In a small town in rural Ohio, this unassuming 4th-Gen Firebird roams the highways and byways on the prowl for unsuspecting Mustangs and imports. Looking much like an LT1-era Firehawk with the timeless “Speedline” wheels, it’s actually an LS3-swapped ’94 Formula; with an SLP hood, ’02 WS6 rollers, and subtle ’98-02 Firebird taillights. Oh, and there are a set of factory-painted silver ’98-02 Formula door badges, too.
Owned by none other than your author’s younger brother, Tom Seitz, a General Motors assembly-line worker at the Lordstown, Ohio plant, this Formula wasn’t always so pretty. Purchased back in the summer of 2004 with its original slushbox-shifted LT1, the as-delivered condition of this Firebird left a lot to be desired.
As Tom recalls, “I bought it as my first car. While the engine itself ran flawlessly, the Formula needed a lot of work. The guy who sold it to me, my friend Gary, picked it up as a cheap and fun daily driver from a “budget” used car lot, but was convinced that there was somehow an 85-mph speed governor programmed into the car’s ECU.
Weirdly, the entire circle of ‘car guys’ I hung out with at the time all agreed as well. It would seemingly hit a wall in acceleration once the speedometer hit that ‘85 mph’ mark. Looking to unload the car quickly as a result of this (and too many other projects), I ended up scoring it pretty cheap considering the time period. Plus, I just really wanted a V8 Firebird as my first car.”
“I bought it as my first car. While the engine itself ran flawlessly, the Formula needed a lot of work.” -Tom Seitz
As it turned out, that “governor” was actually a bad U-joint in the driveshaft. During some spirited “testing in Mexico,” Tom goosed the throttle once the car hit 85 mph, and the then 10-year old Pontiac began to accelerate (very rapidly) all the way up to 120 mph – or at least until he felt assured that there wasn’t anything otherwise limiting the car’s performance. Having discovered the culprit, he elected to forgo a simple U-joint repair, and instead, picked up an aluminum LS1 driveshaft from a member on Fbody.com.
That was only the beginning of his problems, however; the front bumper had cracks in several places, the hood was dented up, the driver’s side fender had a chunk missing out of it, a cracked driver’s side turn signal lens resided up front, and as he later found out, the front subframe was tweaked a bit in the front – all of which resulting from a careless previous owner (prior to the guy Tom bought it from). Throw in random scrapes and scratches on various parts of the body, and a busted taillight, and to say it was a fixer-upper would be an understatement. Luckily, the interior and the rest of the drivetrain were still relatively sound.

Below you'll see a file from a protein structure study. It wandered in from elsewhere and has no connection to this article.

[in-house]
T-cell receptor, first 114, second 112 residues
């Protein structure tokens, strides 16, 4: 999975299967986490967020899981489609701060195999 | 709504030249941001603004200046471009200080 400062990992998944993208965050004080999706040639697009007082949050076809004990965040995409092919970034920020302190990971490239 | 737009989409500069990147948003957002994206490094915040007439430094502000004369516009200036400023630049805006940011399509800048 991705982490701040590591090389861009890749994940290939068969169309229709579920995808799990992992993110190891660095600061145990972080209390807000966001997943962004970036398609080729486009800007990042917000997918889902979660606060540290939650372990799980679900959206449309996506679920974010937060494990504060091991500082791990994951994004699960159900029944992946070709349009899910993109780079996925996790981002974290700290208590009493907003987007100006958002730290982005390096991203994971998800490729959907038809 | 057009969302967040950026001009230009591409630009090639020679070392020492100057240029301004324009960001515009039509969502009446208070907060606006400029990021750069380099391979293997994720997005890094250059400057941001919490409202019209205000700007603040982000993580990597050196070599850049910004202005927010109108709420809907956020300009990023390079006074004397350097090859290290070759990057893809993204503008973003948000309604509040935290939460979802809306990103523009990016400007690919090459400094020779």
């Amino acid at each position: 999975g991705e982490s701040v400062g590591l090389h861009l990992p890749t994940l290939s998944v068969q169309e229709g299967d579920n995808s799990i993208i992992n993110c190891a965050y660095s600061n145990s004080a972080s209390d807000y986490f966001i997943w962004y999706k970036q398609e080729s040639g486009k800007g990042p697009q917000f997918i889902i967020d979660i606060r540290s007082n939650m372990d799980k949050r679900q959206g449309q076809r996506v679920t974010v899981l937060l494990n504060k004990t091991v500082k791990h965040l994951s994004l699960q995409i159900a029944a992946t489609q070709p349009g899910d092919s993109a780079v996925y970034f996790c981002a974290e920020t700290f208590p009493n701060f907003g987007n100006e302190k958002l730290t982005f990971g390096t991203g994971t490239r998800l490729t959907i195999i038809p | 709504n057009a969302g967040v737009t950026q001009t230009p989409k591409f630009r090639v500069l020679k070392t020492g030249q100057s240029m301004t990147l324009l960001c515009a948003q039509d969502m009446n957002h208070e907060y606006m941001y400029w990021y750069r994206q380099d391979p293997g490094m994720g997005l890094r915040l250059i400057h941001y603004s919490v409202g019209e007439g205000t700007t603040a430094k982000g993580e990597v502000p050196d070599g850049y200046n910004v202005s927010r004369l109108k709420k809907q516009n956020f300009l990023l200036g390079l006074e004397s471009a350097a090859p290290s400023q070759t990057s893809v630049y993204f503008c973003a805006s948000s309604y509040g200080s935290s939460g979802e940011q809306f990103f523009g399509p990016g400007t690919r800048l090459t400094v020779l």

So Tom enlisted the help of his friends and family, and rebuilt the front end, literally, in his backyard. He ordered up the ram air hood, airbox, and a chambered Loudmouth catback exhaust directly from SLP, and stuck a K&N filter inside the ‘box. Up next was a BMR strut tower brace and Eibach lowering springs, ordered and recieved from Summit Racing. In the meantime, his older brother (who eagerly wanted Tom to ditch the OEM 16×8 “salad shooter” wheels for something slightly more attractive), decided to donate his OEM ’02 WS6 17×9-inch wheels to the cause – which helped improve handling and looks, significantly.
He then had a local body shop handle the final paint and bodywork, and while it was in the shop, he picked up the aforementioned honeycomb taillights and door badges from Pace Performance. “I’m on a first name basis with all of those guys over there,” Tom relates, but more on that in a minute.
Once the car was out of the shop, Tom enjoyed the Firebird for a season or two as a low 14-second, summertime daily driver. He would later go on to install a set of cost-effective, but effective, ceramic coated Pace Setter headers and off-road Y-pipe, 3.73 gears, Moser Engineering axles, and after getting tired of bottoming out and scraping his recently painted front end, he swapped out the Pro-Kit for Eibach’s line of drag springs, which lifted the front up high enough to clear the Ohio potholes and help keep the rear planted firmly to the pavement on the Quaker City Motorsports Park dragstrip. He was now solidly deep into the 13s, but he yearned for more.